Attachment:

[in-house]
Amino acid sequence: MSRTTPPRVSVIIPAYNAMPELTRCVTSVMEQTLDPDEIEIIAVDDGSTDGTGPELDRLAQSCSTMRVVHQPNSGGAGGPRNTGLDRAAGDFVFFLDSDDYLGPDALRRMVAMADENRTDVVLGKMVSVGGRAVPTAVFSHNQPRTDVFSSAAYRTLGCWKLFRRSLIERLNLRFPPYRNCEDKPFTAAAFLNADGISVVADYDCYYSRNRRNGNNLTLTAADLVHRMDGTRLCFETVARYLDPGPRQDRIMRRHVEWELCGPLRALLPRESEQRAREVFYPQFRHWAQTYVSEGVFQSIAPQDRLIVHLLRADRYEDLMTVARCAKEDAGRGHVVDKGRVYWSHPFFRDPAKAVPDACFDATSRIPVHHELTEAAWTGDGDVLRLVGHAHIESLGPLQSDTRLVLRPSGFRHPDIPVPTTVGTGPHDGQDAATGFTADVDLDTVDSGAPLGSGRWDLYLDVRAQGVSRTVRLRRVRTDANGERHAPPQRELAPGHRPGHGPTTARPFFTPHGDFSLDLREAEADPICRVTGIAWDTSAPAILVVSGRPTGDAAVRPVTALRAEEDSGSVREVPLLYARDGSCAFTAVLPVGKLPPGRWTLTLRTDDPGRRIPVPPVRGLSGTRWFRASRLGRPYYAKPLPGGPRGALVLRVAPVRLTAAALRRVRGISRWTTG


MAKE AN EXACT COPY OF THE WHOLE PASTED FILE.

[in-house]
Amino acid sequence: MSRTTPPRVSVIIPAYNAMPELTRCVTSVMEQTLDPDEIEIIAVDDGSTDGTGPELDRLAQSCSTMRVVHQPNSGGAGGPRNTGLDRAAGDFVFFLDSDDYLGPDALRRMVAMADENRTDVVLGKMVSVGGRAVPTAVFSHNQPRTDVFSSAAYRTLGCWKLFRRSLIERLNLRFPPYRNCEDKPFTAAAFLNADGISVVADYDCYYSRNRRNGNNLTLTAADLVHRMDGTRLCFETVARYLDPGPRQDRIMRRHVEWELCGPLRALLPRESEQRAREVFYPQFRHWAQTYVSEGVFQSIAPQDRLIVHLLRADRYEDLMTVARCAKEDAGRGHVVDKGRVYWSHPFFRDPAKAVPDACFDATSRIPVHHELTEAAWTGDGDVLRLVGHAHIESLGPLQSDTRLVLRPSGFRHPDIPVPTTVGTGPHDGQDAATGFTADVDLDTVDSGAPLGSGRWDLYLDVRAQGVSRTVRLRRVRTDANGERHAPPQRELAPGHRPGHGPTTARPFFTPHGDFSLDLREAEADPICRVTGIAWDTSAPAILVVSGRPTGDAAVRPVTALRAEEDSGSVREVPLLYARDGSCAFTAVLPVGKLPPGRWTLTLRTDDPGRRIPVPPVRGLSGTRWFRASRLGRPYYAKPLPGGPRGALVLRVAPVRLTAAALRRVRGISRWTTG